So Wissembourg, France, is a very nice little city. Today, however, the streets were literally empty until around 4 P.M. Then there were some crazy grade schoolers on bikes and other people. Kathy, two of the Polish students (Ewa and Kati) and I took a train and were surprised when the 30 minute ride was over.




There was a circus in the city today, so my guess is that everyone was there. For a €1 cover charge, it’s apparently something not to be missed. There's one older church (the one in the background of the first photo) and a newer one that's too cold feeling.

It didn’t hit us until we got into the main train station that it was seriously all in French. I did hear some people speaking German, however – at one time a little boy demanded something from Ewa, one of the Polish students who came with us (she kind of backed away from him and said “Nein...um. Nein?”), and we all kind of looked at him and tried to move past him and his group of friends. Then a little girl from the group asked us “Wie viel Uhr ist es?” (what time is it?) and we all went “Ooooh, ja, _____!” The kid had asked for the time (Andi told us afterwards), but we didn’t get it. It was cool how the other kid spoke German. Comes in quite handy. Other than that we spent the day as German tourists in France.

Cakes and pastries in France, even though it’s just across the boarder (30 minute train ride), are SO much prettier than here in Landau. I didn’t buy anything, because those kinds of things need to be purchased with a coffee and enjoyed on the spot, not taken with and eaten in a student apartment. We’ll go back again on a busier day to really experience it. It was, however, a relief to get back to Landau and see the Berliner, pretzels, and other simple pastry or breadstuff items for under €1.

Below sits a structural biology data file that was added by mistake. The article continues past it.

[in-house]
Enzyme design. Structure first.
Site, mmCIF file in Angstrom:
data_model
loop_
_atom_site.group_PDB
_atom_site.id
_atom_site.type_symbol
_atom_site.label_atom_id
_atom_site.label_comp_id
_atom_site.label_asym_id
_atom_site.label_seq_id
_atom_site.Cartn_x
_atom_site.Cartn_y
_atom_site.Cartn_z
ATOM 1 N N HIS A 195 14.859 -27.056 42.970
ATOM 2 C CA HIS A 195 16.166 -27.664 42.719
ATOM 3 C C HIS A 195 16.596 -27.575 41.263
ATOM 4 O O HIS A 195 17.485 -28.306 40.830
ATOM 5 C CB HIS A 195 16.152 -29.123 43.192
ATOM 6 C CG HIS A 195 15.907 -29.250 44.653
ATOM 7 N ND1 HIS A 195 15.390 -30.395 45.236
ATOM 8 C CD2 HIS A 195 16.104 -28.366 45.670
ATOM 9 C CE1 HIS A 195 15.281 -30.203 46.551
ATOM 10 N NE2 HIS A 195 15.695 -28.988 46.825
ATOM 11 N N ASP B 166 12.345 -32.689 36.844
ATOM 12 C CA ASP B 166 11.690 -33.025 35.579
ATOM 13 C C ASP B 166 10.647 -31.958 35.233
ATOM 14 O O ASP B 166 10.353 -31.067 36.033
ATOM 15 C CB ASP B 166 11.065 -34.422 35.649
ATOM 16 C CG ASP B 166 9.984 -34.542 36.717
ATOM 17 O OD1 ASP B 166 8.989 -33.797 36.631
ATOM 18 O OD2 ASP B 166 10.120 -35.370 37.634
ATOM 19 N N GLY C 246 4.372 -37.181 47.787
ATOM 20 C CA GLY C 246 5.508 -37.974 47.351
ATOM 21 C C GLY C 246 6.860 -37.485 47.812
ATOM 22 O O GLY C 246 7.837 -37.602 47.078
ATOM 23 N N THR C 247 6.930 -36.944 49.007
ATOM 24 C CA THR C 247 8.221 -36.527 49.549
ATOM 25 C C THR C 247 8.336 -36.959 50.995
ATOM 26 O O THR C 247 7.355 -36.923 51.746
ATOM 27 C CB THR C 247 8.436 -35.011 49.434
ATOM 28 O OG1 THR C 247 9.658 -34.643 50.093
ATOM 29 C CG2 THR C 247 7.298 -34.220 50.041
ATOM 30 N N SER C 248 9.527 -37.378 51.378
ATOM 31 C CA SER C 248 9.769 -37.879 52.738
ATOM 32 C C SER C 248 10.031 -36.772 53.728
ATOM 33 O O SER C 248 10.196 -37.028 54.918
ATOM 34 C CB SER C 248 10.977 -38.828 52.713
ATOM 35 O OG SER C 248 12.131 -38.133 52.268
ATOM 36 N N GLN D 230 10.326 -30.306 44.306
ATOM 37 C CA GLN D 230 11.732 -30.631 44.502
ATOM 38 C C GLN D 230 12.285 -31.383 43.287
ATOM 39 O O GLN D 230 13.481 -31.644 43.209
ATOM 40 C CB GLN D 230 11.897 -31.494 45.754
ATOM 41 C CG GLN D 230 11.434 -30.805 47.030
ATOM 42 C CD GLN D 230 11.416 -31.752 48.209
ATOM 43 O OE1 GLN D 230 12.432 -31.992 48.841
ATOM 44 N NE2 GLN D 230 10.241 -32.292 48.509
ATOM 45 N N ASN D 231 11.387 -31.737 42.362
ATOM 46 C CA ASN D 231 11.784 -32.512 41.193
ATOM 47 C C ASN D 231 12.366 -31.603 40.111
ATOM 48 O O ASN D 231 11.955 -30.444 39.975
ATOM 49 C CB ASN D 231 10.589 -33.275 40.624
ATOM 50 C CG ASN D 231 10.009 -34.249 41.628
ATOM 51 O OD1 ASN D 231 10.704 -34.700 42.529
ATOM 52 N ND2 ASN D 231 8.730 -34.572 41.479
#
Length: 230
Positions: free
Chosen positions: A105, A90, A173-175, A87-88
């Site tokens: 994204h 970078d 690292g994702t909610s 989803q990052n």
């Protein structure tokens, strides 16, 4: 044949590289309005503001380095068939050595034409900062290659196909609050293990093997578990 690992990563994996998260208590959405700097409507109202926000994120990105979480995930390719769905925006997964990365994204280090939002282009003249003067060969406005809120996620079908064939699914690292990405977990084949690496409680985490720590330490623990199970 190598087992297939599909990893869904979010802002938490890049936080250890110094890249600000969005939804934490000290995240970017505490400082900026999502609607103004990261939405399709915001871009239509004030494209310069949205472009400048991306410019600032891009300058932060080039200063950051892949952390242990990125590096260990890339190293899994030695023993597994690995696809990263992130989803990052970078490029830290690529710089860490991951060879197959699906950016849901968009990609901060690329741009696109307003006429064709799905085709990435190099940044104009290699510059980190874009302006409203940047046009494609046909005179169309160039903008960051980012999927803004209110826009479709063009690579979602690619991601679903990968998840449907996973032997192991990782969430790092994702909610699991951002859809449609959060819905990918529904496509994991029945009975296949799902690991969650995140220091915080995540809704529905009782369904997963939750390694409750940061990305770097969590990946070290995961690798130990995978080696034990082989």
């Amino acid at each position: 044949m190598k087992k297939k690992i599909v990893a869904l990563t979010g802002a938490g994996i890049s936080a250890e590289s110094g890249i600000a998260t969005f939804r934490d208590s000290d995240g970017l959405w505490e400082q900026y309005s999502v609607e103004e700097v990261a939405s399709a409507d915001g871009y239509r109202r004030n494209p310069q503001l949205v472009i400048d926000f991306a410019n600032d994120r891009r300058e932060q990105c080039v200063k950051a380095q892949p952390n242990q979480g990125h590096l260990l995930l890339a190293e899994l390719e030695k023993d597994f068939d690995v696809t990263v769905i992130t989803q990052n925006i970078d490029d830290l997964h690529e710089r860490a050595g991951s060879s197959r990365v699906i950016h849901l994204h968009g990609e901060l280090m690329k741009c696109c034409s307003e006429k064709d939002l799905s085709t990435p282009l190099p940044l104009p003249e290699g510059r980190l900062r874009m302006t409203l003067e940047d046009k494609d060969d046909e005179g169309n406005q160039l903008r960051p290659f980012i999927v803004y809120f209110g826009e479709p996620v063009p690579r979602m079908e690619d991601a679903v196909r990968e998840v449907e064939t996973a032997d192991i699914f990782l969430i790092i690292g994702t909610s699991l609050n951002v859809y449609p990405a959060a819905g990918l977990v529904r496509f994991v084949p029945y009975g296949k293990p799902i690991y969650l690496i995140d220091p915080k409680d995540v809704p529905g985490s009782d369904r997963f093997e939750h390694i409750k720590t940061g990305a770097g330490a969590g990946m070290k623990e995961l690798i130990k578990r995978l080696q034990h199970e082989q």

Joanne met us at the station and she and Kathy and I went to a local Italian restaurant/café where we can get an “exchange student” discount for cappuccinos and huge pieces of tiramisu. I had never had tiramisu before, so one of the waiters said if I didn’t like it I wouldn’t have to pay. Tiramisu, as I saw it = cake + pudding + cocoa powder. The waiter came back later and asked if we had liked it. We leaned back from our plates (empty) and I (bluntly) said “Nee, es hat mir nichts geschmeckt.” (= nope). Then we laughed, we cried, we were moved. It’s good tiramisu. The workers at the café have a great sense of humor and enjoy talking to and joking their customers – the owner came by a few times and asked us where we were from, etc. That kind of establishment is nice because you don’t feel like you’re being rushed to sit down, eat/drink, pay and leave. Even though you’re a paying customer, you’re an equal.

1 Comments:

At 1:23 vorm., Anonymous Anonym said...

for more swear words - contact Jason Alcott!

Mom